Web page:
These systems are also much more powerful and that means they can cover a far greater space from even a single wall unit. Plus you can have multiple indoor units running from one base unit outdoors, covering an even greater area.
No floor space needed and very quiet
Because part of the system is outdoors and the other part is wall-mounted, there’s no floor space needed to hold these units. They also run at a much quieter level than portable units so don’t interfere with the operation of the business.
What are the disadvantages of split air conditioners?
More expensive to buy
Split systems are more expensive to buy than portable units and there’s also the need for professional installation to get them running which increases the upfront cost. However, they are still cheaper than some of the other types of air conditioning units and can usually be installed and operational in a single day.
May not be ideal when renting a premises
If you rent rather than own the business premises you are based in, then you may not want to pay out the money to have a split system installed. However, if you have a long term contract or the landlord is willing to come in with costs in some way, it may still work out.
The outdoor unit makes a noise
While the indoor units run with very little noise, there will be noise from the outdoor unit. If you have a property near residential homes, this might be an issue and may be worth checking with the local authority about before installing.
How to decide on which type of AC you need?
Both of these systems have some solid pros and cons so how do you go about deciding which one is best for your business? Here’s a list of the questions we work through with customers to help them decide.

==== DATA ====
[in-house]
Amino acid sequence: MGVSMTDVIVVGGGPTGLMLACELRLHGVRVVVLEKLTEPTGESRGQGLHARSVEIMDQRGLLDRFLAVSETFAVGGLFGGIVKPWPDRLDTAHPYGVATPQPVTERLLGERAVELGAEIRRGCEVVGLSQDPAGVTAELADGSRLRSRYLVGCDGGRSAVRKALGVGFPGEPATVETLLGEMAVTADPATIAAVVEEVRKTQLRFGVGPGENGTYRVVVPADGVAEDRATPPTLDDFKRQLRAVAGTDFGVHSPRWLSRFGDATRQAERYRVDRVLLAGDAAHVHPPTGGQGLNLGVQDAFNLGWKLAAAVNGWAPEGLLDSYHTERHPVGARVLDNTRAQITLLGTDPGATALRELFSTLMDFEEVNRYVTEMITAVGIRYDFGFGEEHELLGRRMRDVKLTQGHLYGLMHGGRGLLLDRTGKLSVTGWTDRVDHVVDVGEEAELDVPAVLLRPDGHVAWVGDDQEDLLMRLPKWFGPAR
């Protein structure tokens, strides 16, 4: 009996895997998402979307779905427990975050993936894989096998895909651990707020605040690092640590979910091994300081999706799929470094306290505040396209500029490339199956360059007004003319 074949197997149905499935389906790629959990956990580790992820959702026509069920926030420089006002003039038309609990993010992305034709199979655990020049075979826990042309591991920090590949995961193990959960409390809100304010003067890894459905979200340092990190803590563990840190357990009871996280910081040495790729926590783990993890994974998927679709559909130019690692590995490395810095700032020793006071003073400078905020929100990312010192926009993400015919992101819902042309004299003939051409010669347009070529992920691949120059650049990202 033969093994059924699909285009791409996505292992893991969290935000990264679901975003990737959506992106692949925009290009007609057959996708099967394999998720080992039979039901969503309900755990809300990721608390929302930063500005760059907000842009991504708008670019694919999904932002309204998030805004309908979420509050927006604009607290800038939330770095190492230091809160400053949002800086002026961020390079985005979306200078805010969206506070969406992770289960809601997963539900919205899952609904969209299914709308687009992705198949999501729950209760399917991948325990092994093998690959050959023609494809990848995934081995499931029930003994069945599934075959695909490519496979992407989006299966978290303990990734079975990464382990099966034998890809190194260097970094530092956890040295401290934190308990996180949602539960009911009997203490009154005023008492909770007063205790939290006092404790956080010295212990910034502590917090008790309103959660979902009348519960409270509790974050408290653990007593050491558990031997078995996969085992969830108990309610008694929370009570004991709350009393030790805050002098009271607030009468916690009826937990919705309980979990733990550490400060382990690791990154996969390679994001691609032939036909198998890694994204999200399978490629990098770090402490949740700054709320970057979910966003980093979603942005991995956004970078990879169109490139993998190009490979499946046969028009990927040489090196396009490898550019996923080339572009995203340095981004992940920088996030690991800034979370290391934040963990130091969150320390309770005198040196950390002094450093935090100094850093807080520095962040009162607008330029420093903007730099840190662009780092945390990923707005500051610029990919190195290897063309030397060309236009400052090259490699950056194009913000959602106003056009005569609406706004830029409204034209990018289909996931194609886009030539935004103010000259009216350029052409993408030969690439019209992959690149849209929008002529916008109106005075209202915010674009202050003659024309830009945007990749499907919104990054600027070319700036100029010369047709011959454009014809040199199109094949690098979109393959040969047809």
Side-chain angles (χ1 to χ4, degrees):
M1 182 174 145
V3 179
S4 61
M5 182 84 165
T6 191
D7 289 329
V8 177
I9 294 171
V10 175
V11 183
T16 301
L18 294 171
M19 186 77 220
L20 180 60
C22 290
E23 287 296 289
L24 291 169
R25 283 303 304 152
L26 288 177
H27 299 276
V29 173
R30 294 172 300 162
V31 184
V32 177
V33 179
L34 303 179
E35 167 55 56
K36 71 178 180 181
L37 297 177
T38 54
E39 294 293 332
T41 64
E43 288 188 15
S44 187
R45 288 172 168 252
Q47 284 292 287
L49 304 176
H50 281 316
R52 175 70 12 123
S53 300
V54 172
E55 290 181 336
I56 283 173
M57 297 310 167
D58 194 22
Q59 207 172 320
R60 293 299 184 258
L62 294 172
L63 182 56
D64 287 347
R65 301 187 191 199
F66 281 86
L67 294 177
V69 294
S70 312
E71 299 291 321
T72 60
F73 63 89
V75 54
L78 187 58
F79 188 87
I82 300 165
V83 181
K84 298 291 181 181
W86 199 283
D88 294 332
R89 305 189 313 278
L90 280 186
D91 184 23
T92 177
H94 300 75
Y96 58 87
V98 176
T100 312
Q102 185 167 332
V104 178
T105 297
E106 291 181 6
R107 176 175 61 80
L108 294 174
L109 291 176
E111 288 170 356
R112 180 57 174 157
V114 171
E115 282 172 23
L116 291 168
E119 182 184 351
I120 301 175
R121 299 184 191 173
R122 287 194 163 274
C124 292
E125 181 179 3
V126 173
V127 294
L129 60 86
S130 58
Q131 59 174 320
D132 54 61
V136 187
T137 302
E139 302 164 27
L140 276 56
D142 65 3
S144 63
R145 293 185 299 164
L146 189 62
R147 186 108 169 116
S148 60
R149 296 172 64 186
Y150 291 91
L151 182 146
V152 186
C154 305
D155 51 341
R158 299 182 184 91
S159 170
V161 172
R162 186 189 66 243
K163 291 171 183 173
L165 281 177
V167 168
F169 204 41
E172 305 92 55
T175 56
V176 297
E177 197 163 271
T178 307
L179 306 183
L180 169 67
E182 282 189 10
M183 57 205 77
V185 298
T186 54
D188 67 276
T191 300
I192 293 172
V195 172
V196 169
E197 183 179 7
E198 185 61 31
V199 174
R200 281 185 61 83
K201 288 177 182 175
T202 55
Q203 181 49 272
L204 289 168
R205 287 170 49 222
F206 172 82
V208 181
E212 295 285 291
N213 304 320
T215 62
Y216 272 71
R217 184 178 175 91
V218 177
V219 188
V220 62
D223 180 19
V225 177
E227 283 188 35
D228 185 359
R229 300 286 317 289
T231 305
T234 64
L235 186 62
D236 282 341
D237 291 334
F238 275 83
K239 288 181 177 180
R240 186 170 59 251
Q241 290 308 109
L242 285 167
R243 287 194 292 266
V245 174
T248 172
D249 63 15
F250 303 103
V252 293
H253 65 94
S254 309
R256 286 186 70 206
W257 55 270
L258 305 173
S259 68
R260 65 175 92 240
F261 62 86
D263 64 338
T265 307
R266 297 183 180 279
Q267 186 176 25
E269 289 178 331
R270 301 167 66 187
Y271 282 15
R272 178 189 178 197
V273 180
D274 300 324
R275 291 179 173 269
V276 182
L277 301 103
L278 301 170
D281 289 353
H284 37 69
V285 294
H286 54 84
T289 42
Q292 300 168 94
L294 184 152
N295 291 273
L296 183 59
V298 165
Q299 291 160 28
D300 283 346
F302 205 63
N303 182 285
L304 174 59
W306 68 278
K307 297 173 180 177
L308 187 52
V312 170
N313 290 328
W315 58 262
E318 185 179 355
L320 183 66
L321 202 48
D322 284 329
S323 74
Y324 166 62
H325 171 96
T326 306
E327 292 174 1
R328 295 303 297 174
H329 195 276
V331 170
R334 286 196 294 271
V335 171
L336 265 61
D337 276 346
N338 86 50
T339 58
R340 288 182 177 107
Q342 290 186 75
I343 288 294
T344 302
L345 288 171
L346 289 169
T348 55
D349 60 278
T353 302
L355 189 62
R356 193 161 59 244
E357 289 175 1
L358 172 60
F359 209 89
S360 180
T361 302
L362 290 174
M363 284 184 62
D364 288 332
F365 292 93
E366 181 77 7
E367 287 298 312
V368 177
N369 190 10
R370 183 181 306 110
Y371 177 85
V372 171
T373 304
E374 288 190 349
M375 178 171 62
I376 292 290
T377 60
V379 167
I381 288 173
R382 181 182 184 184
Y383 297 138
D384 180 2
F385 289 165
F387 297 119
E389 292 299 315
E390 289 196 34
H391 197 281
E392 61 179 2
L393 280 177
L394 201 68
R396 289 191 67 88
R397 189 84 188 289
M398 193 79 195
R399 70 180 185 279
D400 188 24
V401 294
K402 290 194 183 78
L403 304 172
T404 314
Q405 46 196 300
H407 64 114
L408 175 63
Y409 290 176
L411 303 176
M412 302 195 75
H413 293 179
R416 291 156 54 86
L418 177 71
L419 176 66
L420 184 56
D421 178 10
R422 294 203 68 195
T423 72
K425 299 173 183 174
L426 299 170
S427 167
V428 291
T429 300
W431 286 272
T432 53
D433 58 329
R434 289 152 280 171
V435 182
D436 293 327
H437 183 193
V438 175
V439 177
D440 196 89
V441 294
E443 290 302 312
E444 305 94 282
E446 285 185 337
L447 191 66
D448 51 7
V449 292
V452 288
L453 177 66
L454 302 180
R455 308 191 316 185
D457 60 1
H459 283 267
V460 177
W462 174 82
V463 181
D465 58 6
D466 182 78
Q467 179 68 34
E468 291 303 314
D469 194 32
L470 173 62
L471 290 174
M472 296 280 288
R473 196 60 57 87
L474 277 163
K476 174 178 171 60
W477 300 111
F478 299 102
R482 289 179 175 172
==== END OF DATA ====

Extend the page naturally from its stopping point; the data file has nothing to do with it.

- Is it for residential or commercial use?First, we consider if the property is entirely for commercial use or if there is a residential element – sometimes even if this is a home rather than a business.
- How big is your space?The next consideration is the size of the room and what is in it. If the room is bigger than 20 square metres, then a portable system might not be a good option.
- How much floor space do you have for the AC?Because portable systems require floor space, this is also another good way to help decide. If there’s not much free floor space or the unit would cause an obstruction, then the wall mounted split system could be the best way to go.
- How powerful should the unit be?Air conditioning is measured in BTU or British Thermal Units and this gives you an idea of how much cooling power the system can provide. Also, the more BTUs needed to cool the room, the more expensive the unit will be to run.
- What’s your budget for the AC installation?Residential or commercial, everyone has an idea of how much they want to spend on the air conditioning unit or a figure they don’t want to exceed. By knowing what this is, we can best see what would match with it while giving you the other elements you desire.
- Are you able to vent an air conditioner?Portable air conditioning units need a window or even a door to another area to vent the warm air but if this is a problem, then a wall-mounted system might work better.
- Do you need both cooling and heating features?Some air conditioning systems also offer heating as well as cooling so if you need this from it, that’s important to consider during the decision-making stage.
Professional AC installations by TEK
As you can see, there’s a lot to consider when choosing the right air conditioning unit. That’s why TEK are here to help. As experts in air conditioning installation for residential and commercial properties of all sizes, we can offer that knowledge to help you get the right system for the budget you have. Or we can carry out an assessment of your property to get the best advice.